Published November 15, 2000 - More info
(See article on pages 1221–1228.)
Obesity is well known as a risk factor for diabetes mellitus, but curiously, the complete absence of adipose tissue is not protective but actually causes diabetes. In humans with lipoatrophy, as well as in mouse models of this condition, blood glucose is abnormally high and physiological responses to insulin are blunted. Chao et al. have pursued this paradox by studying the responses of lipoatrophic and obese mice to thiazolidinediones (TZDs), antidiabetic drugs that heighten insulin responsiveness. They report here that mice lacking adipose tissue differ from obese diabetic animals in that they do not benefit from the glucose-lowering effects of TZDs. Nevertheless, some of the other effects of these drugs – increased lipid oxidation and lowered circulating lipid levels – still occur in these animals. The authors note that both obese and lipoatrophic animals accumulate abnormal quantities of lipid in their livers, and they show that expression of the transcription factor PPARg, the known target for TZD action, is greatly increased in such steatotic livers. Moreover, some TZDs greatly exacerbate this steatosis, which may in part account for their beneficial effects on circulating lipid levels. These findings suggest a possible link between steatosis and diabetes, but it is unclear how lipid accumulation in the liver could affect glucose metabolism in other tissues. The present evidence that adipose tissue is essential for TZDs' antidiabetic effect conflicts with earlier findings that relied on a different, and less severely affected, mouse model of lipoatrophy. Which of these models best matches human lipoatrophic diabetes remains an open question.
(See article on pages 1209–1220.)
Pregnancy and lactation induce dramatic changes to the function and morphology of the mammary gland, including proliferation of breast epithelial cells, elaboration of secretory ducts and alveoli, and onset of milk production. Once nursing ceases, all of these changes are reversed, returning the tissue to a condition much like its prepregnant state. In the involuting mammary of the mouse, the death of differentiated epithelial cells occurs in at least two defined stages: an initial wave of apoptotic cell death that peaks 2 days after weaning, and a later stage, beginning a few days later, when the extracellular matrix surrounding the mammary alveoli begins to break down. Song and colleagues report here that the first wave of apoptosis requires the binding of the cell death regulatory protein Fas to its ligand, FasL. By following the expression of Fas and FasL, the authors show that, although the two proteins are each present at different times before, during, and after pregnancy, they are not coexpressed at substantial levels until the early phase of involution. Furthermore, in mutant animals lacking one or the other of these gene products, epithelial cell death is delayed by several days. Song et al. conclude that the initial phase of apoptosis is lacking in these animals, consistent with reports that other players in the Fas-dependent cell death pathway are active during the early phase of involution. More work in this system will be required to learn how the Fas-independent cell death seen in the mutant animals relates to the normal second phase of involution.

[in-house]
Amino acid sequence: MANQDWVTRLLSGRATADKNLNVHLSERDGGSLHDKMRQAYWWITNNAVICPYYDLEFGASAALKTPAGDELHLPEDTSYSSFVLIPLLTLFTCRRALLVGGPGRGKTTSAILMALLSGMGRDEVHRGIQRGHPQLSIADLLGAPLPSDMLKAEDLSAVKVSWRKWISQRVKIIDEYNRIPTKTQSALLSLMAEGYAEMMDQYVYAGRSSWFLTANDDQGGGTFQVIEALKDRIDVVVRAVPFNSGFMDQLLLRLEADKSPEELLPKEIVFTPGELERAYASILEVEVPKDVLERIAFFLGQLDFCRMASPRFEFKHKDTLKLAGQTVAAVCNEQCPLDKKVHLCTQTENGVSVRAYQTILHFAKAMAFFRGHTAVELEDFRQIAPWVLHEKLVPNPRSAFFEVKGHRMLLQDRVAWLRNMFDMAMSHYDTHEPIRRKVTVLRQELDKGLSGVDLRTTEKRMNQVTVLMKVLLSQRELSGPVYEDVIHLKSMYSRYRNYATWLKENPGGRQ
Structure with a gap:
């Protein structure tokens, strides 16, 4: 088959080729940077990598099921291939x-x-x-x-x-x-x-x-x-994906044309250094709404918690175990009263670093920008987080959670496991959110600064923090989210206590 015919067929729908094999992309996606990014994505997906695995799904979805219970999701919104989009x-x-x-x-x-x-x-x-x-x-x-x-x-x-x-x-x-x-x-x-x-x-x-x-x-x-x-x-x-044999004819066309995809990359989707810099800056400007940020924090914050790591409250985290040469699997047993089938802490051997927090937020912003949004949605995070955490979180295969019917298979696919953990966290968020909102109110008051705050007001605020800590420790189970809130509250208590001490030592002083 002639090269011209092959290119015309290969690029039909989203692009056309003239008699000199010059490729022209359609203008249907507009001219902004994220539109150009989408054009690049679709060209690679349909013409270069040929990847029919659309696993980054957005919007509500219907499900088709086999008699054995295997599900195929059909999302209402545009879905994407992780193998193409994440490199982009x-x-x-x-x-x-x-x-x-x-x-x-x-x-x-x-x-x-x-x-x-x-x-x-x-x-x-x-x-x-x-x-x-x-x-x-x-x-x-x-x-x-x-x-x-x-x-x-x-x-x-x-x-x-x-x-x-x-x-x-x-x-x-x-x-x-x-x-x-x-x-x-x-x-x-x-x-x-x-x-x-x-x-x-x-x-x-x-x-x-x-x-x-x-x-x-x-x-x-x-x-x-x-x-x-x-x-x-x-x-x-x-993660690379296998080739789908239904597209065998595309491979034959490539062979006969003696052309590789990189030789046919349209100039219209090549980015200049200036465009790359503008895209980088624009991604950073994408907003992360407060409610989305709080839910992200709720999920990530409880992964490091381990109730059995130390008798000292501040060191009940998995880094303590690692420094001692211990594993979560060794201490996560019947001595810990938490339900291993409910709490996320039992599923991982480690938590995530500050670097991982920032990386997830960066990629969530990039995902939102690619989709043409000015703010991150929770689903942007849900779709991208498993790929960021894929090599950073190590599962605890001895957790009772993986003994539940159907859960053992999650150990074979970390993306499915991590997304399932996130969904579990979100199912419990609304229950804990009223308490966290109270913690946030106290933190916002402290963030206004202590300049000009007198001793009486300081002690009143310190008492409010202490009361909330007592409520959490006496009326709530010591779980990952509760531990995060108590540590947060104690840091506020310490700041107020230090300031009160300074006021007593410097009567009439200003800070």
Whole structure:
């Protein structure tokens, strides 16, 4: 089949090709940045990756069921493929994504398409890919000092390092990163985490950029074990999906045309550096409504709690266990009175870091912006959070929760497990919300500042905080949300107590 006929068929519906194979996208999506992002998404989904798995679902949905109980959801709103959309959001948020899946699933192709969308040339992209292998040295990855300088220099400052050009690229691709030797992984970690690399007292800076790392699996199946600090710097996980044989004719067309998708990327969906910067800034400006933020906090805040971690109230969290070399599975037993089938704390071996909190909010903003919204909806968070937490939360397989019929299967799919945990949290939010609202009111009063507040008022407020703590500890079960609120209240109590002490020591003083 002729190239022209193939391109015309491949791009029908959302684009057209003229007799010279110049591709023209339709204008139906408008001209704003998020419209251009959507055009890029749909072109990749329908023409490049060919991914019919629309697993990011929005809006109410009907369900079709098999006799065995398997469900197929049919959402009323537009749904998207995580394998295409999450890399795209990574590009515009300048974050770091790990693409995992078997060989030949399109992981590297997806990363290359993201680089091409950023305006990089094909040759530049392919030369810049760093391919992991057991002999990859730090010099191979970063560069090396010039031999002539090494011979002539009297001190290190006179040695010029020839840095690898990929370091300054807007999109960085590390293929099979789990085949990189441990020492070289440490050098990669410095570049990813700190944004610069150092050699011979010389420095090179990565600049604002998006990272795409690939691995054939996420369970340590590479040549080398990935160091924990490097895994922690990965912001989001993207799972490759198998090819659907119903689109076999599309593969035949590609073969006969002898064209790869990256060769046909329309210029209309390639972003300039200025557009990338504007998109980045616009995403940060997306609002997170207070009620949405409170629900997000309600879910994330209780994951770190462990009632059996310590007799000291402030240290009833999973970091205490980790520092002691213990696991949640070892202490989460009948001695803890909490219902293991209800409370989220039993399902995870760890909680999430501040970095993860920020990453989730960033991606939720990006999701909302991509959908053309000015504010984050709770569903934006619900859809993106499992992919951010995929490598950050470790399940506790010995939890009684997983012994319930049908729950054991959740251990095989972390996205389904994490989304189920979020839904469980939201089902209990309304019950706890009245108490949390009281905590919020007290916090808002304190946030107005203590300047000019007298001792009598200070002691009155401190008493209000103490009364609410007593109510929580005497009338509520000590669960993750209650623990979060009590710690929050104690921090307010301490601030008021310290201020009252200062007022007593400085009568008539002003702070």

(See article on pages 1239–1249.)
Hahn and colleagues previously showed that of the major hepatitis C virus (HCV) proteins, only one, the nucleocapsid core protein, can confer on a carrier virus the ability to evade the host animal's immune system. Because this finding might help to explain the long-term viral persistence that makes hepatitis C intractable, this group has now screened for lymphocyte proteins that can interact specifically with the viral core protein. Here they show that gC1qR, a receptor for complement protein C1q, is one such binding partner for core protein, and they identify the domains required on each protein that allow for this interaction. C1q, the endogenous ligand for this receptor, is also known to suppress T cell function, although C1q and the HCV core protein bind distinct sites on the gC1qR. Kittlesen et al. confirm that purified core protein blocks T-cell proliferation in a cell culture assay. They also show that blocking antibodies to the core protein or to gC1qR can abolish this effect, raising the question of why endogenous anti-core antibodies do not have a similar protective effect in infected individuals. Nonetheless, in light of the earlier finding that an active T-cell response to core protein correlates with suppression of HCV, the present work may open the door to developing immune or other therapies for chronic hepatitis C.